The Canadian Ski Patrol is a national organization is composed of more than 5,000 volunteers from coast to coast, in Canada, in 59 zones and nine divisions. The Yukon Ski Patrol is part of that non-profit organization providing a variety of services (not just ski patrol) year-round.
What does a ski patroller do?
The Yukon Ski Patrol is a dynamic, fun team that has a lot of involvement in the community and events … so let’s take a look at what the seasons entail:
At Mount Sima, the most well-known activities of the ski patrol is to provide first aid and patrol. Whether you are a downhill skier, a snowboarder or a telemarker, you can help, including anyone who wants to be based at the chalet, to provide support. Mount Sima, with its incredibly impressive freestyle parks, does tend to “invite” multiple injuries that keep first aiders busy. The perks of being a patroller include first and last runs down the mountain, a season ski pass, ski and snowboard lessons, ongoing training and education plus gaining new skills.
Mount McIntyre is also a popular spot for ski patrol. Whether you cross-country ski, fat bike or just base yourself at the main chalet, you can provide first aid. Here you can learn skills such as snow-machine handling in attending first aid calls.
Throughout the winter, there are other events that ski patrollers attend, such as the Canada Cup at Mount Sima, fat bike racing at Mount McIntyre, and much more. What better way to pass the deep, dark days of winter than by having some fun and seeing some incredible sunrises and sunsets in the process.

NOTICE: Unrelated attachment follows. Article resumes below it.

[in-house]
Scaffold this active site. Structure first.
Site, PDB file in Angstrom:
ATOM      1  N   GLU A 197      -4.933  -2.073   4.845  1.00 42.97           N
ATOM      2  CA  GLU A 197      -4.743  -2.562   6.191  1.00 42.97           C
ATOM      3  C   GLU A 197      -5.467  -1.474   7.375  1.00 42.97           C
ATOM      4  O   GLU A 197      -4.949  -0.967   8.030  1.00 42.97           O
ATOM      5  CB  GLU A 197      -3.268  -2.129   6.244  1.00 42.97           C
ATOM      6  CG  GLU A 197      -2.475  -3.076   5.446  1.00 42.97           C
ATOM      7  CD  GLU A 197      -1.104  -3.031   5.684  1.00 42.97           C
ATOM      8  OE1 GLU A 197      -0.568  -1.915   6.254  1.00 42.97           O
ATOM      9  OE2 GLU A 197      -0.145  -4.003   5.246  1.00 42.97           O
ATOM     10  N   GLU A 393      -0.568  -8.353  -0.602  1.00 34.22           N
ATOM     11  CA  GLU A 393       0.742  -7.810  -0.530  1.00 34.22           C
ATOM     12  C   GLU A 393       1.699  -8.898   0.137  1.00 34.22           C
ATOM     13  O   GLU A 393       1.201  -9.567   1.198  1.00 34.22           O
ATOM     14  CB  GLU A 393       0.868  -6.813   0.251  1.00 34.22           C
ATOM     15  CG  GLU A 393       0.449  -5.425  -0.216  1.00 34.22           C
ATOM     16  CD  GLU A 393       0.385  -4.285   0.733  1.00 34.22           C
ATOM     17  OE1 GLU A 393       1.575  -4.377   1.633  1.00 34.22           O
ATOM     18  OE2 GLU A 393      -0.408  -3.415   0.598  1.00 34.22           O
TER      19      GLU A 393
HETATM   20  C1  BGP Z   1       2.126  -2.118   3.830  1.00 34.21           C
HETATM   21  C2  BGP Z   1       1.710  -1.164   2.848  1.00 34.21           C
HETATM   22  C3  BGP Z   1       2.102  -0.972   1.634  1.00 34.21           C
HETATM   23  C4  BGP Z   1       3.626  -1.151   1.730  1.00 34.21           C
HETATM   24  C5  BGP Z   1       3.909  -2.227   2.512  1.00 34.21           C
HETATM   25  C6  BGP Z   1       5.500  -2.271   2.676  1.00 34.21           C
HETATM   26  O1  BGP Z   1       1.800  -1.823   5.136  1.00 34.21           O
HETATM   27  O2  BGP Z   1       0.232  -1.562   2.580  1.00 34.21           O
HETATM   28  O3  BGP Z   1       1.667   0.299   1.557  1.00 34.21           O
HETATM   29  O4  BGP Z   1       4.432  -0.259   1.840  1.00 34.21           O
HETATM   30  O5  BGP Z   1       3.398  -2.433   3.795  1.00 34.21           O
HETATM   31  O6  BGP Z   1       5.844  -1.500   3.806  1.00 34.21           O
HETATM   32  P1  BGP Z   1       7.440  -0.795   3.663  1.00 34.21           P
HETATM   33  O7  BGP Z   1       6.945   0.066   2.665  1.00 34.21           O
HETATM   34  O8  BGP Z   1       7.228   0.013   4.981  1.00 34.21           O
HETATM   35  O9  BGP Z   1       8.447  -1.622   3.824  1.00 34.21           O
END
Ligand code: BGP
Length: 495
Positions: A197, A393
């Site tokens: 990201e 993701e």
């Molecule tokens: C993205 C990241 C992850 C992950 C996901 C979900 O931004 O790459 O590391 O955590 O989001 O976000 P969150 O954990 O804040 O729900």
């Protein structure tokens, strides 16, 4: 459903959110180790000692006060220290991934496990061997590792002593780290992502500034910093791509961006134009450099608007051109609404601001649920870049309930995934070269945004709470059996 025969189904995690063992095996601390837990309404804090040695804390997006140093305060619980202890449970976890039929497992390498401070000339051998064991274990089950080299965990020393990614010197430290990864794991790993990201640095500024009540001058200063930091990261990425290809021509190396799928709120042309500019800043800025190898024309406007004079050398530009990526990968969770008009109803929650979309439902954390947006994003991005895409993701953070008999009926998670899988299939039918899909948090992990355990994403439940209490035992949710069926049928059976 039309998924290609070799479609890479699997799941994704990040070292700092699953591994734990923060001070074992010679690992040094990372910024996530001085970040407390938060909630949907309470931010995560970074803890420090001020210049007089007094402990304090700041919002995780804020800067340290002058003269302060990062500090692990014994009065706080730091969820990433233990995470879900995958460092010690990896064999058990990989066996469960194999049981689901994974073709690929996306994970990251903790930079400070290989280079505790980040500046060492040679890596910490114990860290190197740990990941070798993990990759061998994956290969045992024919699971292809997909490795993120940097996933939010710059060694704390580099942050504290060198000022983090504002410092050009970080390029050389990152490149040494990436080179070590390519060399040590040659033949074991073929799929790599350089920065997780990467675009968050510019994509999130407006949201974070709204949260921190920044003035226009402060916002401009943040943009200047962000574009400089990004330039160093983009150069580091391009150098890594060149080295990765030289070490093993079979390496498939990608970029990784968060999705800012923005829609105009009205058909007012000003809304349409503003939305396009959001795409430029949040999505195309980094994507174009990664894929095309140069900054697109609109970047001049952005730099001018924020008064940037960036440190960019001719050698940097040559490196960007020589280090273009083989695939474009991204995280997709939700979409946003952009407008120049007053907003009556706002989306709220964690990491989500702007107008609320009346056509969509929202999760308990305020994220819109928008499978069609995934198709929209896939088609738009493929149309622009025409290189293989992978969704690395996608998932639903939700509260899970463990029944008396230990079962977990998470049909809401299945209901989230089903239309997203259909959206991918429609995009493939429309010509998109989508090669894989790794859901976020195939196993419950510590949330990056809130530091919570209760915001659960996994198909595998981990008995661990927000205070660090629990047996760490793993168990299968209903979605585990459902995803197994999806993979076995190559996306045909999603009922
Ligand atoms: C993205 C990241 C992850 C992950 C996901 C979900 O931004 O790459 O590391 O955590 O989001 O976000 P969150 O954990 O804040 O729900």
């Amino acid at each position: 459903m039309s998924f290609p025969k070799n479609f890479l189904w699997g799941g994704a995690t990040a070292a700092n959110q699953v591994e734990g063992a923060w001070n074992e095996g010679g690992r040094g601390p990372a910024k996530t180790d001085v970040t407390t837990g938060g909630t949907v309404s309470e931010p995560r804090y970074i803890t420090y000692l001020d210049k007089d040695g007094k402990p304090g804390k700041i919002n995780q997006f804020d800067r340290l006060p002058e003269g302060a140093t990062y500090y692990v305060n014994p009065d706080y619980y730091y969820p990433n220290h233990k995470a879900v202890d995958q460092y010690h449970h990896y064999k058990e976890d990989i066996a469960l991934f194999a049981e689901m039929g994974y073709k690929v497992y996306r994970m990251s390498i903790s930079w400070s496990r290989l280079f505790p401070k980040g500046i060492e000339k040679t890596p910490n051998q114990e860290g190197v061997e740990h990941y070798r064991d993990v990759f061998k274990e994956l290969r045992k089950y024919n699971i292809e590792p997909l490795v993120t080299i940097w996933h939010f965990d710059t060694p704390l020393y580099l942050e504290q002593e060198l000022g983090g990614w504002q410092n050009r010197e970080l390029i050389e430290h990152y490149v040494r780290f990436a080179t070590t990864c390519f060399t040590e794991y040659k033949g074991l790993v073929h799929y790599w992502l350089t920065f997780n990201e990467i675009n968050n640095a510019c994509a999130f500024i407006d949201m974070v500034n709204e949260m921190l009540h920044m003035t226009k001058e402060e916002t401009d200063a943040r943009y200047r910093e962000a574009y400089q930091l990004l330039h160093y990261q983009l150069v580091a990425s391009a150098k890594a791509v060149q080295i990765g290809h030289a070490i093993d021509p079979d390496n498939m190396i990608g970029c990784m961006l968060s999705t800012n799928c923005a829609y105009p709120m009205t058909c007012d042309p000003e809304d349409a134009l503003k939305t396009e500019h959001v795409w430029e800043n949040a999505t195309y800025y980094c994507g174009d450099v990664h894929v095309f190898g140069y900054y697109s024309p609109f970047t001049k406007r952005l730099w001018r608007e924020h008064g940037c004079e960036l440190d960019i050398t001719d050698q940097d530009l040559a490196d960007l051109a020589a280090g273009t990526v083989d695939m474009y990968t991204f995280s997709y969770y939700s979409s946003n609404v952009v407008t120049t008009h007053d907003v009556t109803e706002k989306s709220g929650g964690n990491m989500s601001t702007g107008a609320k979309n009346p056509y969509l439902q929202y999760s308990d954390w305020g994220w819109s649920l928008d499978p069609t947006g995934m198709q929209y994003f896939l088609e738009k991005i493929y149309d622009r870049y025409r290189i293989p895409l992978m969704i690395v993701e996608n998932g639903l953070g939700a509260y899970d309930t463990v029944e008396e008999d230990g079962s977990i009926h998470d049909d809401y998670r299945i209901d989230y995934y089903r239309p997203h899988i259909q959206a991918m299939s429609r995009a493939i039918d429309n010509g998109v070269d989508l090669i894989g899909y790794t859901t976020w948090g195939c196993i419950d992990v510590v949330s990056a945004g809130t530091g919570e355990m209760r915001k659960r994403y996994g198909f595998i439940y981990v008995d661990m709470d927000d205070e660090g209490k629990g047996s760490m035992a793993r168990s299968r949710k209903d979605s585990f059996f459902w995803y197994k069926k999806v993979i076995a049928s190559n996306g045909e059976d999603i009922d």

Yes, ski patrol isn’t just about skiing or about winter in the Yukon. Yukon Ski Patrol members are advanced-care providers who deliver first aid at a number of events and festivals throughout the Yukon. Some of these events are the Klondike Road Relay, the 24 Hours of Light Mountain Bike Race, the Atlin Arts & Music Festival, and many more. The Yukon Ski Patrol also provides mountain bike patrol support at Mount Sima, throughout the summer sessions. However, mountain biking is not necessary, because the base hut can be manned in both summer and winter. While this is more useful in winter when it’s busy with injuries, having someone at the base year round allows even older, or less sports-inclined, individuals to still come help. But what a great way to attend an event, with a free pass, and meet new people.
How to become a ski patroller
Training is provided yearly, in the fall, so even those who want to provide first aid in the summer need to attend this fall training, which is recognized by the Yukon Workers’ Compensation Health & Safety Board as Advanced First Aid.
The first course offers 60 hours of online, in-class training in first aid and CPR. By the end of the course, you will be able to assess and treat a variety of injuries, provide airway management and deliver oxygen and other skills in a team environment.
For those keen on providing winter first aid, the on-snow training includes training in rescue techniques, ski and snowboard assessment and toboggan handling.
Training is held over three weekends—October 13–14, 20–21 and 27–28. For more information or to register, visit www.yukonskipatrol.ca or facebook.com/yukonskipatrol.
Yukon Ski Patrol training takes place over three weekends: